Shortage of school bus drivers called a ‘crisis’

BAR HARBOR — With just four weeks before the new school year begins, Mount Desert Island High School is facing a shortage of bus drivers that Principal Matt Haney describes as a “crisis.”

“We’re pretty much down to one or two drivers right now,” he said. “It would be great to have between seven and 10 consistent drivers.”

The high school’s drivers don’t take students to and from school; that’s the responsibility of the towns in the school district. Rather, the high school buses are used to take students to athletic events, music and drama competitions and various other events and activities throughout the year.

“It takes three buses to go to a football game,” Haney said.

The first away game on this year’s football schedule is Sept. 6 at Old Town.

“All across the state and the country, bus drivers are becoming more of a rare commodity, and that’s become particularly true for us,” Haney said. “Four drivers who had been regulars for us have left since last year because of retirement or moving away or other situations.”

The high school currently has five buses and will be getting another one this fall.

Several of the elementary schools in the MDI Regional School System have struggled to hire and retain bus drivers from time to time. But, in general, it’s less of a challenge for them than for the high school, because the elementary school drivers work regular hours for the most part.

“At the high school, we’re basically hiring people on an as-needed basis, so there are no consistent hours and no benefits,” Haney said.

The high school pays drivers $15 an hour.

“For most drivers, it really has to be a second income or a retirement gig,” Haney said. “With most of the people we’re losing, it’s because they have already retired from their career and now they’re retiring from their retirement gig.”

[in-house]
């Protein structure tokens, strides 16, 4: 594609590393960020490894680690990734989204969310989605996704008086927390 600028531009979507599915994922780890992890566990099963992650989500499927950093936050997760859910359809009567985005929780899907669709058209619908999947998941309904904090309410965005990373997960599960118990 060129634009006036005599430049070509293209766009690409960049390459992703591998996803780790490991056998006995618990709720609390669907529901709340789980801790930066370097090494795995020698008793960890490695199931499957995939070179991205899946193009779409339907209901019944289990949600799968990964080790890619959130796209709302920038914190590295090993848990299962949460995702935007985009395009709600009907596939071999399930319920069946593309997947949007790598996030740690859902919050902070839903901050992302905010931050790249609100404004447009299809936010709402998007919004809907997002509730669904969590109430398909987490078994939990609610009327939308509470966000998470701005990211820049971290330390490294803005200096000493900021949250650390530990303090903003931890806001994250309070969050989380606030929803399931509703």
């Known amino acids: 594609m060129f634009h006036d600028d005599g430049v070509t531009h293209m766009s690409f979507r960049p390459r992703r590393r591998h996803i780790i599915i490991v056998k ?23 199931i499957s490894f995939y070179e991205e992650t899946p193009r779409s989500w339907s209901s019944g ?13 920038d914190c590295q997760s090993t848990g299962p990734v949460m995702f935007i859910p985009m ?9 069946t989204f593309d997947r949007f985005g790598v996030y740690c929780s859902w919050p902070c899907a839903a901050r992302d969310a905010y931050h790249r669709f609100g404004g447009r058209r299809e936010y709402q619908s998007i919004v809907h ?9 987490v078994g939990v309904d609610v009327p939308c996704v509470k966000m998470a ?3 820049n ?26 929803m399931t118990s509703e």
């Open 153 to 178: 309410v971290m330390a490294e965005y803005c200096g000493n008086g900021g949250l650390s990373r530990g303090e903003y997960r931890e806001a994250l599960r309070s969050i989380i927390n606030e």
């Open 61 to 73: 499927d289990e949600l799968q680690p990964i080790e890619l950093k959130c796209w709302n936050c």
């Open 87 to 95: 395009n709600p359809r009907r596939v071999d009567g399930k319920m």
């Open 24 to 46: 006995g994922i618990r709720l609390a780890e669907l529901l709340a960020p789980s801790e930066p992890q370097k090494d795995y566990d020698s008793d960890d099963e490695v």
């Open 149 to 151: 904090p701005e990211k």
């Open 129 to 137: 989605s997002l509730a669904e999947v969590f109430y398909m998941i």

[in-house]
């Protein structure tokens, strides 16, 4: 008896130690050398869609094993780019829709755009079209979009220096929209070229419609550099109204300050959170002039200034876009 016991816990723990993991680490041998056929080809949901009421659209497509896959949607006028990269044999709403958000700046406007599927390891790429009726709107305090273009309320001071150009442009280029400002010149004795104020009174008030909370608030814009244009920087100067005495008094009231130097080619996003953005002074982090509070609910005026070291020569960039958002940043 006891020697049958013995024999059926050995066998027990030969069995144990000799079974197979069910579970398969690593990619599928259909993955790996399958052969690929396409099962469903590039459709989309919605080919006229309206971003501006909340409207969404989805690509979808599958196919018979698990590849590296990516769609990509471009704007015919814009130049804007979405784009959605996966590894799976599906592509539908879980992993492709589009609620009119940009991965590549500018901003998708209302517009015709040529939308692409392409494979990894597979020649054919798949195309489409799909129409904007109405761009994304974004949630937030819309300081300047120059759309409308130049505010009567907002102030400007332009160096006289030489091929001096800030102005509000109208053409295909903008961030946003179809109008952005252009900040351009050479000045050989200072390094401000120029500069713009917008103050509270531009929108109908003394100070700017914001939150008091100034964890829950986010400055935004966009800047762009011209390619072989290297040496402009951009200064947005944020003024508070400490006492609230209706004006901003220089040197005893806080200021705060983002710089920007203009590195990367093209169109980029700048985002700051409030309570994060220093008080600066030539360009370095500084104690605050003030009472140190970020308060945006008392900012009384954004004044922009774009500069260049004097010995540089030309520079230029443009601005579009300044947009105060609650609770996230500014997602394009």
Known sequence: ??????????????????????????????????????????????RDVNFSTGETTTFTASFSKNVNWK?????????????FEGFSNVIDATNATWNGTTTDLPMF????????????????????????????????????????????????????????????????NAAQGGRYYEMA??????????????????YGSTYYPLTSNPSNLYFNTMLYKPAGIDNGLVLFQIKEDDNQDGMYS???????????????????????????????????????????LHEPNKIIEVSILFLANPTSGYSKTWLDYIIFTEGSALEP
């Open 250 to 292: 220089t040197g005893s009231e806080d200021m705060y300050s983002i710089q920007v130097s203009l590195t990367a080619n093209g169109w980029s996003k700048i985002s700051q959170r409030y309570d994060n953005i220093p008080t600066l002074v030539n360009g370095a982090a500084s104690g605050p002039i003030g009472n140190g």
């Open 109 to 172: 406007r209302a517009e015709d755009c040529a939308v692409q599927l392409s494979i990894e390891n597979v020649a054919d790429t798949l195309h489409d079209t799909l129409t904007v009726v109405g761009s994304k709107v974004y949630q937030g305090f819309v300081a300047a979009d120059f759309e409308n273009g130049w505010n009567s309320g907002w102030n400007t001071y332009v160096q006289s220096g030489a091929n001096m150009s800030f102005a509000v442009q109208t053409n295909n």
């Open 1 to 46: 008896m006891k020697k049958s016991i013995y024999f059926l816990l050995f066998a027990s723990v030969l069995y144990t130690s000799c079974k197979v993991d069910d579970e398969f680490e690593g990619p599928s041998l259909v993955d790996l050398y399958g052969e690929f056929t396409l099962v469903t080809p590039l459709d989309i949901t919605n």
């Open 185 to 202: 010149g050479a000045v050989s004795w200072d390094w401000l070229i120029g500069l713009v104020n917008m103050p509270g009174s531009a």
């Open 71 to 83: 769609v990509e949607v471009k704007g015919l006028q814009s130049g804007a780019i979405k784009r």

Bus driver class

To help alleviate the high school’s bus driver shortage, MDI Adult & Community Education is offering a special class this month for people who are interested in becoming a driver.

The class, which begins Aug. 7, will meet once a week for four weeks. It will be taught by T.J. Paulos, a bus driver at Mount Desert Elementary School.

“It’s not so much a bus driving training class as it is a program to help potential drivers navigate the state regulations,” Paulos said.

School bus drivers in Maine must be at least 21 years old and have a commercial driver’s license with a school bus operation endorsement. Before receiving that license, an applicant must pass three written tests, a road test and a physical exam.

“I’ll help [prepare them] for the written tests and help them get set up with appointments to take their physical,” Paulos said.

There is no charge for taking the class. But there are fees for the required tests and physical exam.

“For those who complete the course successfully and wind up driving for us, we will reimburse them those fees,” Haney said.

For more information about the class or to register, call MDI Adult & Community Education at 288-4703.

“I think it’s a great job,” Haney said of driving a bus for the high school. “I don’t know why more people aren’t getting into it. I don’t think it’s because it’s something they don’t enjoy because it’s pretty rewarding taking kids around to places they want to be.”

Dick Broom

Dick Broom

Reporter at Mount Desert Islander
Dick Broom covers the towns of Mount Desert and Southwest Harbor, Mount Desert Island High School and the school system board and superintendent's office. He enjoys hiking with his golden retriever and finding new places for her to swim. [email protected]

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